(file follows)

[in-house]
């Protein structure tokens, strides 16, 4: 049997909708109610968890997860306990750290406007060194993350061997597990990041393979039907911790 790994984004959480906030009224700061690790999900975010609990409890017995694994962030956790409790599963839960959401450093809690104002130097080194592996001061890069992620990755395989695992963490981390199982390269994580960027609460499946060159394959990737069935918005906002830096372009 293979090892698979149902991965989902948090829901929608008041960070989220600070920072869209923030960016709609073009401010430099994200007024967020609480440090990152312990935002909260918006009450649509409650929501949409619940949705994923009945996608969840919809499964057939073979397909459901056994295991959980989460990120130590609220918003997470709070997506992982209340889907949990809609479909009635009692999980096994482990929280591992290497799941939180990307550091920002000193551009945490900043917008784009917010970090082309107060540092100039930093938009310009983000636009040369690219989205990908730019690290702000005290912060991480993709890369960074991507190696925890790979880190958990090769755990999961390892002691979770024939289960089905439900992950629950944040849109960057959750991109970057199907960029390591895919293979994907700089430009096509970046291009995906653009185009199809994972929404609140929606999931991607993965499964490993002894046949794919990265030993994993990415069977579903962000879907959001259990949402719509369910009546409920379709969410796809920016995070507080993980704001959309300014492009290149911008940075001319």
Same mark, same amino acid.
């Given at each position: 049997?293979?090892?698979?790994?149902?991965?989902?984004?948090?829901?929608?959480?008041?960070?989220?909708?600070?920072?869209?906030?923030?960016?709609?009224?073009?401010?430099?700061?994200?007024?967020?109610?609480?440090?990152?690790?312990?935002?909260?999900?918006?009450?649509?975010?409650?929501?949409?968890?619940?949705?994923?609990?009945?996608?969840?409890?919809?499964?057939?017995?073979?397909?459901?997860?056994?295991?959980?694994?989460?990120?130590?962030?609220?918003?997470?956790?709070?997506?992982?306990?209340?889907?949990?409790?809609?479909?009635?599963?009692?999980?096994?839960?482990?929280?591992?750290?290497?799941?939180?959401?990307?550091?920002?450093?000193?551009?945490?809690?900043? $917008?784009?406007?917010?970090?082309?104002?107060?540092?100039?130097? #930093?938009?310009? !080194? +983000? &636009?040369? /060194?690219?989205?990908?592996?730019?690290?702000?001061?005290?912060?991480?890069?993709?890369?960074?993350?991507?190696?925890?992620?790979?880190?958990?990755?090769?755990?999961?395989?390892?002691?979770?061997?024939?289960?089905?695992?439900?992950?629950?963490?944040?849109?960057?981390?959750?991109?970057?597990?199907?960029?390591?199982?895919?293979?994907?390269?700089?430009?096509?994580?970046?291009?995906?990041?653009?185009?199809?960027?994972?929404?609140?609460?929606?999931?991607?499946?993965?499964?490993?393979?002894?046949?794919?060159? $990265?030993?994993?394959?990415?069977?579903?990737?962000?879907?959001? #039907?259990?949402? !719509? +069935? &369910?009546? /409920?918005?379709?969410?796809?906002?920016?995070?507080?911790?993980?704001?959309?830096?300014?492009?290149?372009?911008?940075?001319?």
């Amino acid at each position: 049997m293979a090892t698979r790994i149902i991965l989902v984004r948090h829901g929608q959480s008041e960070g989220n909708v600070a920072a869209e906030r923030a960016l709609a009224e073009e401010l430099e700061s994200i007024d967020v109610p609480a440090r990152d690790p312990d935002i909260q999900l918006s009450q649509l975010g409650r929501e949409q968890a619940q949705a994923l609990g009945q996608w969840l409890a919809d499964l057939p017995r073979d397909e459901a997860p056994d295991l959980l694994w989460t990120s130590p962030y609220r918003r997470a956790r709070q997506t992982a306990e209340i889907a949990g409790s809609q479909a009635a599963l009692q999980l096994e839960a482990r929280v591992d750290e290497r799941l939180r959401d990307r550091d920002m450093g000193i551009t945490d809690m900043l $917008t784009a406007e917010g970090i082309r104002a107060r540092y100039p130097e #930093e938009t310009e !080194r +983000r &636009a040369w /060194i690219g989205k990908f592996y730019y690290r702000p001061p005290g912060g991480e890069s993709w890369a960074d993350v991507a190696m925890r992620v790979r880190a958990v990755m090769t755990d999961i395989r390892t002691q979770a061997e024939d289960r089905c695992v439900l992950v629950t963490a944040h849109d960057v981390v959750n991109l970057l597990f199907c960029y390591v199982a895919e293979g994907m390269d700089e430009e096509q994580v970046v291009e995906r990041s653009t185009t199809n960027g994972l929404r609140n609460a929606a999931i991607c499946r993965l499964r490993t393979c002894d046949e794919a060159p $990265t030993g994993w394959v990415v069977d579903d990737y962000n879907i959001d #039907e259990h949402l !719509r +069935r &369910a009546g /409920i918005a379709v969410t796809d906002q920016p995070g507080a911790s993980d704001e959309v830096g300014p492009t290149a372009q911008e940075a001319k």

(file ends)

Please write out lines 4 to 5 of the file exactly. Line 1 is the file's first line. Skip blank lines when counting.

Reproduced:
């Given at each position: 049997?293979?090892?698979?790994?149902?991965?989902?984004?948090?829901?929608?959480?008041?960070?989220?909708?600070?920072?869209?906030?923030?960016?709609?009224?073009?401010?430099?700061?994200?007024?967020?109610?609480?440090?990152?690790?312990?935002?909260?999900?918006?009450?649509?975010?409650?929501?949409?968890?619940?949705?994923?609990?009945?996608?969840?409890?919809?499964?057939?017995?073979?397909?459901?997860?056994?295991?959980?694994?989460?990120?130590?962030?609220?918003?997470?956790?709070?997506?992982?306990?209340?889907?949990?409790?809609?479909?009635?599963?009692?999980?096994?839960?482990?929280?591992?750290?290497?799941?939180?959401?990307?550091?920002?450093?000193?551009?945490?809690?900043? $917008?784009?406007?917010?970090?082309?104002?107060?540092?100039?130097? #930093?938009?310009? !080194? +983000? &636009?040369? /060194?690219?989205?990908?592996?730019?690290?702000?001061?005290?912060?991480?890069?993709?890369?960074?993350?991507?190696?925890?992620?790979?880190?958990?990755?090769?755990?999961?395989?390892?002691?979770?061997?024939?289960?089905?695992?439900?992950?629950?963490?944040?849109?960057?981390?959750?991109?970057?597990?199907?960029?390591?199982?895919?293979?994907?390269?700089?430009?096509?994580?970046?291009?995906?990041?653009?185009?199809?960027?994972?929404?609140?609460?929606?999931?991607?499946?993965?499964?490993?393979?002894?046949?794919?060159? $990265?030993?994993?394959?990415?069977?579903?990737?962000?879907?959001? #039907?259990?949402? !719509? +069935? &369910?009546? /409920?918005?379709?969410?796809?906002?920016?995070?507080?911790?993980?704001?959309?830096?300014?492009?290149?372009?911008?940075?001319?």
């Amino acid at each position: 049997m293979a090892t698979r790994i149902i991965l989902v984004r948090h829901g929608q959480s008041e960070g989220n909708v600070a920072a869209e906030r923030a960016l709609a009224e073009e401010l430099e700061s994200i007024d967020v109610p609480a440090r990152d690790p312990d935002i909260q999900l918006s009450q649509l975010g409650r929501e949409q968890a619940q949705a994923l609990g009945q996608w969840l409890a919809d499964l057939p017995r073979d397909e459901a997860p056994d295991l959980l694994w989460t990120s130590p962030y609220r918003r997470a956790r709070q997506t992982a306990e209340i889907a949990g409790s809609q479909a009635a599963l009692q999980l096994e839960a482990r929280v591992d750290e290497r799941l939180r959401d990307r550091d920002m450093g000193i551009t945490d809690m900043l $917008t784009a406007e917010g970090i082309r104002a107060r540092y100039p130097e #930093e938009t310009e !080194r +983000r &636009a040369w /060194i690219g989205k990908f592996y730019y690290r702000p001061p005290g912060g991480e890069s993709w890369a960074d993350v991507a190696m925890r992620v790979r880190a958990v990755m090769t755990d999961i395989r390892t002691q979770a061997e024939d289960r089905c695992v439900l992950v629950t963490a944040h849109d960057v981390v959750n991109l970057l597990f199907c960029y390591v199982a895919e293979g994907m390269d700089e430009e096509q994580v970046v291009e995906r990041s653009t185009t199809n960027g994972l929404r609140n609460a929606a999931i991607c499946r993965l499964r490993t393979c002894d046949e794919a060159p $990265t030993g994993w394959v990415v069977d579903d990737y962000n879907i959001d #039907e259990h949402l !719509r +069935r &369910a009546g /409920i918005a379709v969410t796809d906002q920016p995070g507080a911790s993980d704001e959309v830096g300014p492009t290149a372009q911008e940075a001319k």